### Hints for SRM 592, D2, 500-Pointer (LittleElephantAndPermutationDiv2)

### James S. Plank

Sat Sep 28 12:20:52 EDT 2013

Problem Statement.

As always, the first thing that you should do is look at the constraints, and
then figure out if dumb strategies will work. The maximum value of *N*
is 10, so there are 10! permutations. What is that? 3,628,800.
Clearly, you cannot generate all permutations of A and B, because that will be roughly
9 * 10^{12}. With topcoder, you get on the order of 10^{7} operations
before you time out.

Think about it though, with an example, like Example 3, where *N* equals 3 and *K*
equals 8. Let's run through the permutations of A, and what the possibilities for B are:

A = (1,2,3). B = (2,3,1) or (3,1,2) or (3,2,1)
A = (1,3,2). B = (2,1,3) or (3,2,1) or (3,1,2)
A = (2,1,3). B = (3,2,1) or (1,3,2) or (2,3,1)
A = (2,3,1). B = (3,1,2) or (1,2,3) or (2,1,3)
A = (3,1,2). B = (1,2,3) or (2,3,1) or (1,3,2)
A = (3,2,1). B = (1,3,2) or (2,1,3) or (1,2,3)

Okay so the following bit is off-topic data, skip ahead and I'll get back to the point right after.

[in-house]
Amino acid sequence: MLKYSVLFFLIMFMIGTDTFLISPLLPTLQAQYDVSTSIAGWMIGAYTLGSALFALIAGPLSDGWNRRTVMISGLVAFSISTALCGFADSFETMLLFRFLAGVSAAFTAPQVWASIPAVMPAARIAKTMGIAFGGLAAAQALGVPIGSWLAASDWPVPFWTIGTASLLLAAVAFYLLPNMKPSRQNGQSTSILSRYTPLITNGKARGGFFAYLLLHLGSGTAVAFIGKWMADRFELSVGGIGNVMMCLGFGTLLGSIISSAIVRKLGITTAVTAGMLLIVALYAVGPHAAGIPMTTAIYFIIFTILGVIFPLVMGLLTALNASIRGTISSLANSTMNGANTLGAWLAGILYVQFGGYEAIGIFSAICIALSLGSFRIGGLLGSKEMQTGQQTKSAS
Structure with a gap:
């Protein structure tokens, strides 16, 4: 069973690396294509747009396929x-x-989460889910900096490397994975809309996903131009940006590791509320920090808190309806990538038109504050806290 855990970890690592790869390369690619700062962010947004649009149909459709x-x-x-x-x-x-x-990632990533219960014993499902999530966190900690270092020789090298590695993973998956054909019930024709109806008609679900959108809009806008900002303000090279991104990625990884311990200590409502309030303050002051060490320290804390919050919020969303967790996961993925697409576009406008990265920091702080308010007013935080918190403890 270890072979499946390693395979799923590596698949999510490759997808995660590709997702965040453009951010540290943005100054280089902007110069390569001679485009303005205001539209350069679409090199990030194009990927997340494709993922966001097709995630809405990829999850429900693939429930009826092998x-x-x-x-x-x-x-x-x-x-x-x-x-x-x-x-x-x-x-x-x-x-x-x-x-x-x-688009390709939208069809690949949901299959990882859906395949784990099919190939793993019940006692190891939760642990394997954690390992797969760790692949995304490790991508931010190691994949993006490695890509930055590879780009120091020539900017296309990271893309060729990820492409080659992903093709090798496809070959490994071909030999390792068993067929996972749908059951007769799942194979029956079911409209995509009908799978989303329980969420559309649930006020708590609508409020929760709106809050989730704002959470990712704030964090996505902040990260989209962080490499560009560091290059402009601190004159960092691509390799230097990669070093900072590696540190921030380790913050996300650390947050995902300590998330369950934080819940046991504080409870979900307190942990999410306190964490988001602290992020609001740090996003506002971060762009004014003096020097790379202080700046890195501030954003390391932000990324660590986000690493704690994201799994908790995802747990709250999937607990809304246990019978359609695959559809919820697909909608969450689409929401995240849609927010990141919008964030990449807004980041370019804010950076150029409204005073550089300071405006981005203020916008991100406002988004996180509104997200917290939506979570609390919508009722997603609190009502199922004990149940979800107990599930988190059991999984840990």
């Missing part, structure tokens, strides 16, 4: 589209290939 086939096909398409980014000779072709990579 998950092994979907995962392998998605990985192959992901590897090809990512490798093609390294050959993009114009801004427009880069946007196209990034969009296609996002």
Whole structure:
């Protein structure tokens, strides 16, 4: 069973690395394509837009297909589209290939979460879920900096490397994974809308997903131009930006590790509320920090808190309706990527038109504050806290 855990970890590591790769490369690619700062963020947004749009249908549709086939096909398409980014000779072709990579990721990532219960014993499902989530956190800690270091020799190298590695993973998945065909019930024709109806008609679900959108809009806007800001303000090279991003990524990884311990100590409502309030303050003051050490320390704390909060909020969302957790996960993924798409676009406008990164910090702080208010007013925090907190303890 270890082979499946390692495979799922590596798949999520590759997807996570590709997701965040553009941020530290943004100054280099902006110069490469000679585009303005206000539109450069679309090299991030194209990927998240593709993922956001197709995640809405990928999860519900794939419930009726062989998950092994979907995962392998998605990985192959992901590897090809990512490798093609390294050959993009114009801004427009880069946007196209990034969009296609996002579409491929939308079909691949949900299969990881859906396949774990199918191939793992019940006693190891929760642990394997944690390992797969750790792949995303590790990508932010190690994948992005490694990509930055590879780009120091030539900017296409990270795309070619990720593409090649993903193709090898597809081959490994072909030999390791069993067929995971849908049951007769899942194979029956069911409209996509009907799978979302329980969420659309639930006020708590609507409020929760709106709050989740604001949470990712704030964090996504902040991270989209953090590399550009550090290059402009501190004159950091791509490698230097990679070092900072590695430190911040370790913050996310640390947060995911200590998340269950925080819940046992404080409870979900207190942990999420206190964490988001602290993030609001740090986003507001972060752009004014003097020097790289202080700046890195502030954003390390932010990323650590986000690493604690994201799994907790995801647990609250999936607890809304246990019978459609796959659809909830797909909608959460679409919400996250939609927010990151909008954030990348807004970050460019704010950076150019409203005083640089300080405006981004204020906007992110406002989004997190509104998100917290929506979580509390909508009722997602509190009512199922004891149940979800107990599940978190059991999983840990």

Hmmm. There are three B's for each A. Will that always be true? Well, think about it.
Start with A = (1,2,3), and we have three B's.
Let's call them B_{0} = (2,3,1),
B_{1} = (3,1,2) and
B_{2} = (3,2,1).
Now, let's permute A, so that it equals (2,1,3). We did that by swapping the first two digits.
If we swap the first two digits of the B's, we'll get the answers for (2,1,3):
B_{0} becomes (3,2,1),
B_{1} becomes (1,3,2) and
B_{2} = (2,3,1).

So, this means that the number of B's for *all* permutations of A is the same. That's nice,
because now we can simply pick one permutation of A, calculate the number of B's through
enumeration, and multiply it by the number of possible permutations of A (which is N!).

So, what I did was set A = (1, 2, 3, ..., N), and generate the *N!*
permutations of B, either using **next_permutation()** from the C++ Algorithm library, or
using recursion as described in class, and simply counted the permutations that have
**magic(A, B)** ≥ *K*. I multiplied that result by *N!*, compiled, tested
and submitted.

In reality, before doing that,
I generated 10! permutations using **next_permutation()** and timed it, to be sure that
it would be fast enough. It took
something like 0.3 seconds on topcoder's server. That seemed fast enough to me, so I did the
solution outlined above, and it worked.

Give it a try!